• Massachusetts Supreme Judicial Court: Economic Loss Doctrine Does Not Apply to Claims for Damage to Condominium Common Areas
  • November 28, 2014
  • Law Firm: Hinckley Allen Snyder LLP - Providence Office
  • A recent decision by the Massachusetts Supreme Judicial Court (SJC) has added another twist to the ever-evolving “economic loss doctrine,” a legal rule that ordinarily bars recovering damages for economic loss based on negligence, absent physical property damage or personal injury. In Wyman v. Ayer Properties, LLC1, the SJC held that this rule does not extend to claims by condominium trustees against a design-build contractor for the negligent design and construction of common areas.

    The design-build contractor, Ayer Properties, LLC (“Ayer”), had purchased a vacant mill in Lowell, Massachusetts and converted the building into a mixed-use condominium containing five commercial and 22 residential units.

    After Ayer turned control of the condominium over to the unit owners (the “Trust”), certain units and common areas of the building became plagued by weather-related deterioration. The Trust hired an engineer to perform a survey, which identified three major issues: (1) several window frames had suffered excessive weather damage and leakage into common areas and individual units; (2) the roof was leaking, causing water damage to insulation under the roof and to individual units; and (3) the exterior brick masonry façade was deteriorating. The Trust sued Ayer to recover damages for negligent design and construction of the common areas.

    After an 11-day trial, the trial court awarded $140,000 in damages to the Trust for Ayer’s negligent design and construction of the window frames and roof, finding that those defects caused additional physical damage to the individual residential units that was exempt from the economic loss doctrine. However, the judge found that the defective masonry work did not involve damage to individual units or any other part of the building besides the masonry itself, and ruled that the economic loss doctrine barred recovery for this work.

    Both sides appealed. The Appeals Court affirmed the Superior Court’s decision as to the window units and leaking roof, but it reversed with respect to the exterior masonry, holding that the economic loss doctrine did not bar the Trust’s right to recover damages for that work. The Appeals Court reasoned that an organization of condominium unit owners like the Trust “typically lack[ed]” remedies of contract and warranty for common areas because they do not “buy” the common areas from the developer, leaving the condominium association to pursue relief only through common law tort principles (e.g., negligence). The Appeals Court concluded that rigidly applying the economic loss doctrine to this unique set of circumstances would frustrate the purpose of the rule.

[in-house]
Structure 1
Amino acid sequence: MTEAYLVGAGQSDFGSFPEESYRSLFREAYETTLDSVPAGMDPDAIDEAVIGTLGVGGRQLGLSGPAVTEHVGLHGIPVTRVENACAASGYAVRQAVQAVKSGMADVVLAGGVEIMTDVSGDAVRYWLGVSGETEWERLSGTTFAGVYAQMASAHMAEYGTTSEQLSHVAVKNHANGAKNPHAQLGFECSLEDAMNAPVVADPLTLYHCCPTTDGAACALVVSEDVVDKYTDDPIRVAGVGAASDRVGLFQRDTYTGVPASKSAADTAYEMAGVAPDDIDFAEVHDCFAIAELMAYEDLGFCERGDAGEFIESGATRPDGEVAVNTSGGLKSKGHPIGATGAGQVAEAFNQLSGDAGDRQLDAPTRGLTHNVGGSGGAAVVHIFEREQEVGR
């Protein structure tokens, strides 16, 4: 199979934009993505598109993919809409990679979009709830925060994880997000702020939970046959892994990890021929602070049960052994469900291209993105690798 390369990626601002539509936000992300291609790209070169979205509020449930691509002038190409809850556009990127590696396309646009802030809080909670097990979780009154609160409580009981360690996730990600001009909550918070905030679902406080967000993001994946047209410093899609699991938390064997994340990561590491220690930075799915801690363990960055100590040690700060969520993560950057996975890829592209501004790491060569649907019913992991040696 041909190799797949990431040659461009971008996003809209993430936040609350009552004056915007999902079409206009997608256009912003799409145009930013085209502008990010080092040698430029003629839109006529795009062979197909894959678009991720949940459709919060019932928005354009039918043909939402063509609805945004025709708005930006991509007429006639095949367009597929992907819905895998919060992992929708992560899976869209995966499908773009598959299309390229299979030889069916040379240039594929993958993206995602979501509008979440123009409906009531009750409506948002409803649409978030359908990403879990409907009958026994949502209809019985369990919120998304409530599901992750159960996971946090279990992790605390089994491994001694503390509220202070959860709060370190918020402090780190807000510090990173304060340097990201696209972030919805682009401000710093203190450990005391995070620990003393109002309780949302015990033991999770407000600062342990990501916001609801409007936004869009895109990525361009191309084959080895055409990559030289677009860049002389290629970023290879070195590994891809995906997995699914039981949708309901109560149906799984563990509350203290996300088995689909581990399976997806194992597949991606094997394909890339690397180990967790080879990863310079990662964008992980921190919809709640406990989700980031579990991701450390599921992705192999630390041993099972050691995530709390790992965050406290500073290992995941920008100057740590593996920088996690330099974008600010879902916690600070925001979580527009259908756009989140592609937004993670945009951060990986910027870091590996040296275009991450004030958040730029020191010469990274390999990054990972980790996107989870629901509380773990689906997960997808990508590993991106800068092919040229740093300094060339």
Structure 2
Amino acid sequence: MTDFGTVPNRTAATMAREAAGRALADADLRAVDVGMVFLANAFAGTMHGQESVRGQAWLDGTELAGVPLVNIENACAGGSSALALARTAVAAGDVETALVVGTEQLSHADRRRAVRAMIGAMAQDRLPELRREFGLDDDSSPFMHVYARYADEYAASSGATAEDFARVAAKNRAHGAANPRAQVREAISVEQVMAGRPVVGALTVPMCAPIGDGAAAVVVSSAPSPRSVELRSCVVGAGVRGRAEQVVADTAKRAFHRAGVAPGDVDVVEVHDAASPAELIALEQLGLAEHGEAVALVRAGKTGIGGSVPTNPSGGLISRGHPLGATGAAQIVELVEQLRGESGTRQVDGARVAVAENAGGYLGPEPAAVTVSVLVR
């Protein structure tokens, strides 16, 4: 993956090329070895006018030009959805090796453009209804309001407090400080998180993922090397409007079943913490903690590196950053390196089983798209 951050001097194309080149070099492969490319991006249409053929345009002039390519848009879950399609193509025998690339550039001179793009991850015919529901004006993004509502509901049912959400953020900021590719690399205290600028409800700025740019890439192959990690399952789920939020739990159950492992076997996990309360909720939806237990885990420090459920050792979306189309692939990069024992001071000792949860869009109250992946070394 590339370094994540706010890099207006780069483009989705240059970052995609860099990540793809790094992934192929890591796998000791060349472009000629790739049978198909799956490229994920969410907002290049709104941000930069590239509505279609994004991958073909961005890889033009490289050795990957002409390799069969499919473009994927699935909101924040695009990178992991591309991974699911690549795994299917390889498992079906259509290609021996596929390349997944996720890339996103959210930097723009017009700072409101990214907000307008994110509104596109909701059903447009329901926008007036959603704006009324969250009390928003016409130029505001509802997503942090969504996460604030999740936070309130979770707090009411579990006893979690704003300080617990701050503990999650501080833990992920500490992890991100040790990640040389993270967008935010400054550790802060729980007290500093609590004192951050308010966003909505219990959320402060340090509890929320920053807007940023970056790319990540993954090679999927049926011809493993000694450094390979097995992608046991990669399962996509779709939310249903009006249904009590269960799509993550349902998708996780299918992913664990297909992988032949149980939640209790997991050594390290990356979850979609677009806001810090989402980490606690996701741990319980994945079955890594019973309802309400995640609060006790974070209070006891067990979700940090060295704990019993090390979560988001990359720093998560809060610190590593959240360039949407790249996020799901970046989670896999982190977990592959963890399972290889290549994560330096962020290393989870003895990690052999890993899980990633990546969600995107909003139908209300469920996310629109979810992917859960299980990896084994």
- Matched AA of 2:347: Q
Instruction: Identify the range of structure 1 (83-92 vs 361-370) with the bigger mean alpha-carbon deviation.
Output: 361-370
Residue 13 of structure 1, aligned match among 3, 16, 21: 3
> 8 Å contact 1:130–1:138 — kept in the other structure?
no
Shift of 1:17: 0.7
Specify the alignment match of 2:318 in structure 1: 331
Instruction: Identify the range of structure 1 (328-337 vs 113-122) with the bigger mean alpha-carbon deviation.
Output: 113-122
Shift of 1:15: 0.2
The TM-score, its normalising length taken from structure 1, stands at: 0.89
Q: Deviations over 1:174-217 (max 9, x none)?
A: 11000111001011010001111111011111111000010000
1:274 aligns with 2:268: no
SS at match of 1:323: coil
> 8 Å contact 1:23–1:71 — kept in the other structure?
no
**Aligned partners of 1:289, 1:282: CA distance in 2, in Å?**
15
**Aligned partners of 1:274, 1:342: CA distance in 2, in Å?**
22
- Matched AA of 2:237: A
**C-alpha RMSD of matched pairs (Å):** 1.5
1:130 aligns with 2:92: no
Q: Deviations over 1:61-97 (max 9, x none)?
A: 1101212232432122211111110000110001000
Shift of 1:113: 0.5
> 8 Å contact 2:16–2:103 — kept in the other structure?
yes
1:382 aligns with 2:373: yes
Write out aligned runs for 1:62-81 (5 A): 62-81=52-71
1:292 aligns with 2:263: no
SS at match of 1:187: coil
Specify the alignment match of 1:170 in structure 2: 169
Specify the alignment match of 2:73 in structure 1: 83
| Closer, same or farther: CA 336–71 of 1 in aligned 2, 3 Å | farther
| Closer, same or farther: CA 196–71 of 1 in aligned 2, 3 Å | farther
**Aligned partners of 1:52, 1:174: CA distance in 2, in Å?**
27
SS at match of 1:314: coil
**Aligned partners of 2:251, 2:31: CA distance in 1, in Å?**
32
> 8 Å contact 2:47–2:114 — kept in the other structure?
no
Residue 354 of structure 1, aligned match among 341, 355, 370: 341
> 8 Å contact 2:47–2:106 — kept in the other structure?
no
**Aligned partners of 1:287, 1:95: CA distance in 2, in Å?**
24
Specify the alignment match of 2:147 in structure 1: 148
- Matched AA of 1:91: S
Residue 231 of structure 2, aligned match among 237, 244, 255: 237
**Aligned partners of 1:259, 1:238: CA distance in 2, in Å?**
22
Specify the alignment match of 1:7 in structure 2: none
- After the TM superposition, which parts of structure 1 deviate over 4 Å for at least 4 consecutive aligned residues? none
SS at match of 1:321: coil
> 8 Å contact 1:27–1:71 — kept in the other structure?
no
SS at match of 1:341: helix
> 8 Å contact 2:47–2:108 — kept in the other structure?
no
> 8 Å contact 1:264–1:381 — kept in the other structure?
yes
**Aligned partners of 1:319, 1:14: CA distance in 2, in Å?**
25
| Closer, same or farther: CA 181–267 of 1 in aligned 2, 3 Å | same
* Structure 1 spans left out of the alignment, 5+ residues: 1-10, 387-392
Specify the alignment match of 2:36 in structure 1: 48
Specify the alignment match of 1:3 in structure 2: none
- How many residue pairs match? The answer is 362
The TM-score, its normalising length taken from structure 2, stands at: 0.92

On further appeal, the SJC affirmed, holding that strict application of the “economic loss doctrine” to condominiums was inappropriate because of the “hybrid” nature of the property interest held by individual owners, which comprised ownership in both their individual units and portions of the common areas. According to the Court, “the fundamental purpose of the rule is to confine the indeterminacy of damages, not to nullify a right and remedy for a demonstrated wrong and its harm.”

    The Court also noted that the “rule is intended to preclude recovery for intangible and unknown damages for lost contract or economic opportunity,” whereas the damages alleged by the Trust were a “reliably proven amount needed to repair or replace the negligently constructed window frames, masonry and roof,” making the purpose of the economic loss rule inapplicable under the circumstances.

    Therefore, under the SJC’s ruling in Wyman, the economic loss doctrine should not bar claims by condominium trustees against the developer for negligent design and construction of common areas, even where there is no “resulting personal injury or property damage” to those specific areas.

    It is not evident from the face of the Wyman decision whether the SJC’s opinion was influenced by the developer’s status as a design-build contractor. The SJC’s conclusion ostensibly turned on the Trust’s lack of an appropriate remedy for damages that could be readily quantified. Nevertheless, Wyman remains a cautionary tale of the expanded liability that design-build contractors will face in the context of condominium development, and to which they may be increasingly vulnerable in other, more traditional building scenarios, depending on the nature of the damages and on the availability of alternative remedies for the plaintiffs.

    1 Wyman v. Ayer Properties, LLC, SJC-11474 (July 19, 2014).